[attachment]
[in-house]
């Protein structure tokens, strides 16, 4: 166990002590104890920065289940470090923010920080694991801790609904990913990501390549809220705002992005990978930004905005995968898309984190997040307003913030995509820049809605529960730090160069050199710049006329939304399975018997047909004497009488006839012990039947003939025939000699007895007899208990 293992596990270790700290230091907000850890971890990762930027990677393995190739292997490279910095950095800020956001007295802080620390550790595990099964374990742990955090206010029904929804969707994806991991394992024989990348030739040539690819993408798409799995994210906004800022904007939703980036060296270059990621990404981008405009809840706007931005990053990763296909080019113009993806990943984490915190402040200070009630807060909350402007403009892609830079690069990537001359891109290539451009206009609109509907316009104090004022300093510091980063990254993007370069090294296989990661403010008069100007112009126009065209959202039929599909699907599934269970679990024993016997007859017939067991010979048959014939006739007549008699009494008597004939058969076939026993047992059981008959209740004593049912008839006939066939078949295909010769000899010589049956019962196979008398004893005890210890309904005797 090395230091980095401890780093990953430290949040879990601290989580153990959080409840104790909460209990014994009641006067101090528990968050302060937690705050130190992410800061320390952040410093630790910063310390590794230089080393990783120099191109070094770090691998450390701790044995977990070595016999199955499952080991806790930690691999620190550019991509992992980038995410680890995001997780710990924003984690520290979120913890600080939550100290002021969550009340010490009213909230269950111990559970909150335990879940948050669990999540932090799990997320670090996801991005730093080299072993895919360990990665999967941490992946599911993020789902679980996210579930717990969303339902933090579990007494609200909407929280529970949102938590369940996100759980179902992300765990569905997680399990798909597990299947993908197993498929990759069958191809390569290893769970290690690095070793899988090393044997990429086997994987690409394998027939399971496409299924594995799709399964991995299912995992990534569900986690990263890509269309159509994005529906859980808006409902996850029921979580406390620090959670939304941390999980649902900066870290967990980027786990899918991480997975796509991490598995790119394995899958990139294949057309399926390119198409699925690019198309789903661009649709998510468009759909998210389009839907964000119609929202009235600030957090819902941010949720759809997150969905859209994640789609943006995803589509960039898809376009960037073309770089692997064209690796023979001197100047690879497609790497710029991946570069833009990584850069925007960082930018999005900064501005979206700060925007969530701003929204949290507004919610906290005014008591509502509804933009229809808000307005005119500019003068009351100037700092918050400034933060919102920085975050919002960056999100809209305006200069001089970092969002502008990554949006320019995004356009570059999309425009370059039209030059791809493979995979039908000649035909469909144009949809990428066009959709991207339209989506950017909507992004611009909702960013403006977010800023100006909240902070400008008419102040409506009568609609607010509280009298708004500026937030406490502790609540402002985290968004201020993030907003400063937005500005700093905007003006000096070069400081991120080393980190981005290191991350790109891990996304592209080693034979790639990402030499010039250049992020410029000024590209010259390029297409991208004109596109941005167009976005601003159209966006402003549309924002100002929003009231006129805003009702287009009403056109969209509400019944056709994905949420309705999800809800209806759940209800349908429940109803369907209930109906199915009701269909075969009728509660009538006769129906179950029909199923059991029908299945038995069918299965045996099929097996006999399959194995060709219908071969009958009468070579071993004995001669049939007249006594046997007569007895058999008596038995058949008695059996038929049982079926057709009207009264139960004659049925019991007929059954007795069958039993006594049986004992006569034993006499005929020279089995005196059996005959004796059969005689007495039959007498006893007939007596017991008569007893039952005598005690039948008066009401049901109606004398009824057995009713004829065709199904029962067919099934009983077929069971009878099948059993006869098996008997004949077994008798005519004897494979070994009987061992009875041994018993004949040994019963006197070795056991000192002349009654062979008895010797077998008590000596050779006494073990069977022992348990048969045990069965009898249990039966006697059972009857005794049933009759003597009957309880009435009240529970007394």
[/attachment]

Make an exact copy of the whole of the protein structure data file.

[in-house]
């Protein structure tokens, strides 16, 4: 166990002590104890920065289940470090923010920080694991801790609904990913990501390549809220705002992005990978930004905005995968898309984190997040307003913030995509820049809605529960730090160069050199710049006329939304399975018997047909004497009488006839012990039947003939025939000699007895007899208990 293992596990270790700290230091907000850890971890990762930027990677393995190739292997490279910095950095800020956001007295802080620390550790595990099964374990742990955090206010029904929804969707994806991991394992024989990348030739040539690819993408798409799995994210906004800022904007939703980036060296270059990621990404981008405009809840706007931005990053990763296909080019113009993806990943984490915190402040200070009630807060909350402007403009892609830079690069990537001359891109290539451009206009609109509907316009104090004022300093510091980063990254993007370069090294296989990661403010008069100007112009126009065209959202039929599909699907599934269970679990024993016997007859017939067991010979048959014939006739007549008699009494008597004939058969076939026993047992059981008959209740004593049912008839006939066939078949295909010769000899010589049956019962196979008398004893005890210890309904005797 090395230091980095401890780093990953430290949040879990601290989580153990959080409840104790909460209990014994009641006067101090528990968050302060937690705050130190992410800061320390952040410093630790910063310390590794230089080393990783120099191109070094770090691998450390701790044995977990070595016999199955499952080991806790930690691999620190550019991509992992980038995410680890995001997780710990924003984690520290979120913890600080939550100290002021969550009340010490009213909230269950111990559970909150335990879940948050669990999540932090799990997320670090996801991005730093080299072993895919360990990665999967941490992946599911993020789902679980996210579930717990969303339902933090579990007494609200909407929280529970949102938590369940996100759980179902992300765990569905997680399990798909597990299947993908197993498929990759069958191809390569290893769970290690690095070793899988090393044997990429086997994987690409394998027939399971496409299924594995799709399964991995299912995992990534569900986690990263890509269309159509994005529906859980808006409902996850029921979580406390620090959670939304941390999980649902900066870290967990980027786990899918991480997975796509991490598995790119394995899958990139294949057309399926390119198409699925690019198309789903661009649709998510468009759909998210389009839907964000119609929202009235600030957090819902941010949720759809997150969905859209994640789609943006995803589509960039898809376009960037073309770089692997064209690796023979001197100047690879497609790497710029991946570069833009990584850069925007960082930018999005900064501005979206700060925007969530701003929204949290507004919610906290005014008591509502509804933009229809808000307005005119500019003068009351100037700092918050400034933060919102920085975050919002960056999100809209305006200069001089970092969002502008990554949006320019995004356009570059999309425009370059039209030059791809493979995979039908000649035909469909144009949809990428066009959709991207339209989506950017909507992004611009909702960013403006977010800023100006909240902070400008008419102040409506009568609609607010509280009298708004500026937030406490502790609540402002985290968004201020993030907003400063937005500005700093905007003006000096070069400081991120080393980190981005290191991350790109891990996304592209080693034979790639990402030499010039250049992020410029000024590209010259390029297409991208004109596109941005167009976005601003159209966006402003549309924002100002929003009231006129805003009702287009009403056109969209509400019944056709994905949420309705999800809800209806759940209800349908429940109803369907209930109906199915009701269909075969009728509660009538006769129906179950029909199923059991029908299945038995069918299965045996099929097996006999399959194995060709219908071969009958009468070579071993004995001669049939007249006594046997007569007895058999008596038995058949008695059996038929049982079926057709009207009264139960004659049925019991007929059954007795069958039993006594049986004992006569034993006499005929020279089995005196059996005959004796059969005689007495039959007498006893007939007596017991008569007893039952005598005690039948008066009401049901109606004398009824057995009713004829065709199904029962067919099934009983077929069971009878099948059993006869098996008997004949077994008798005519004897494979070994009987061992009875041994018993004949040994019963006197070795056991000192002349009654062979008895010797077998008590000596050779006494073990069977022992348990048969045990069965009898249990039966006697059972009857005794049933009759003597009957309880009435009240529970007394």